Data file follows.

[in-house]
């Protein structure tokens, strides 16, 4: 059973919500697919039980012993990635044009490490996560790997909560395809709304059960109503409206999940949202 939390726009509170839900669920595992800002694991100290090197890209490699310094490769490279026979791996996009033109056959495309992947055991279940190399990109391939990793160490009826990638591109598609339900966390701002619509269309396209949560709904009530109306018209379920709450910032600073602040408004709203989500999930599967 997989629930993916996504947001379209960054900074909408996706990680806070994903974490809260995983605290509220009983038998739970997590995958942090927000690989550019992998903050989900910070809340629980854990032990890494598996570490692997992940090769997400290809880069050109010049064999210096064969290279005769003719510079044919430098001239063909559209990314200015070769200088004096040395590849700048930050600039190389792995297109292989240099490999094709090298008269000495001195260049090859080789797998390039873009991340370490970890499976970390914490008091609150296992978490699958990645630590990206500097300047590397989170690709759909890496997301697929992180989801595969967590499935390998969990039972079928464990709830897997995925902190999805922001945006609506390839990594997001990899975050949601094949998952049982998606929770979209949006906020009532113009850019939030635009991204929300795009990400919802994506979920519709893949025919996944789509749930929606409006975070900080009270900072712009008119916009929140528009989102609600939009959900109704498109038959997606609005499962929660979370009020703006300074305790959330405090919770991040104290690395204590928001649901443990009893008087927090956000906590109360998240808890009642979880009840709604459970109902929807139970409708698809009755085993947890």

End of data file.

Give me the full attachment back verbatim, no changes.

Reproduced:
[in-house]
């Protein structure tokens, strides 16, 4: 059973919500697919039980012993990635044009490490996560790997909560395809709304059960109503409206999940949202 939390726009509170839900669920595992800002694991100290090197890209490699310094490769490279026979791996996009033109056959495309992947055991279940190399990109391939990793160490009826990638591109598609339900966390701002619509269309396209949560709904009530109306018209379920709450910032600073602040408004709203989500999930599967 997989629930993916996504947001379209960054900074909408996706990680806070994903974490809260995983605290509220009983038998739970997590995958942090927000690989550019992998903050989900910070809340629980854990032990890494598996570490692997992940090769997400290809880069050109010049064999210096064969290279005769003719510079044919430098001239063909559209990314200015070769200088004096040395590849700048930050600039190389792995297109292989240099490999094709090298008269000495001195260049090859080789797998390039873009991340370490970890499976970390914490008091609150296992978490699958990645630590990206500097300047590397989170690709759909890496997301697929992180989801595969967590499935390998969990039972079928464990709830897997995925902190999805922001945006609506390839990594997001990899975050949601094949998952049982998606929770979209949006906020009532113009850019939030635009991204929300795009990400919802994506979920519709893949025919996944789509749930929606409006975070900080009270900072712009008119916009929140528009989102609600939009959900109704498109038959997606609005499962929660979370009020703006300074305790959330405090919770991040104290690395204590928001649901443990009893008087927090956000906590109360998240808890009642979880009840709604459970109902929807139970409708698809009755085993947890």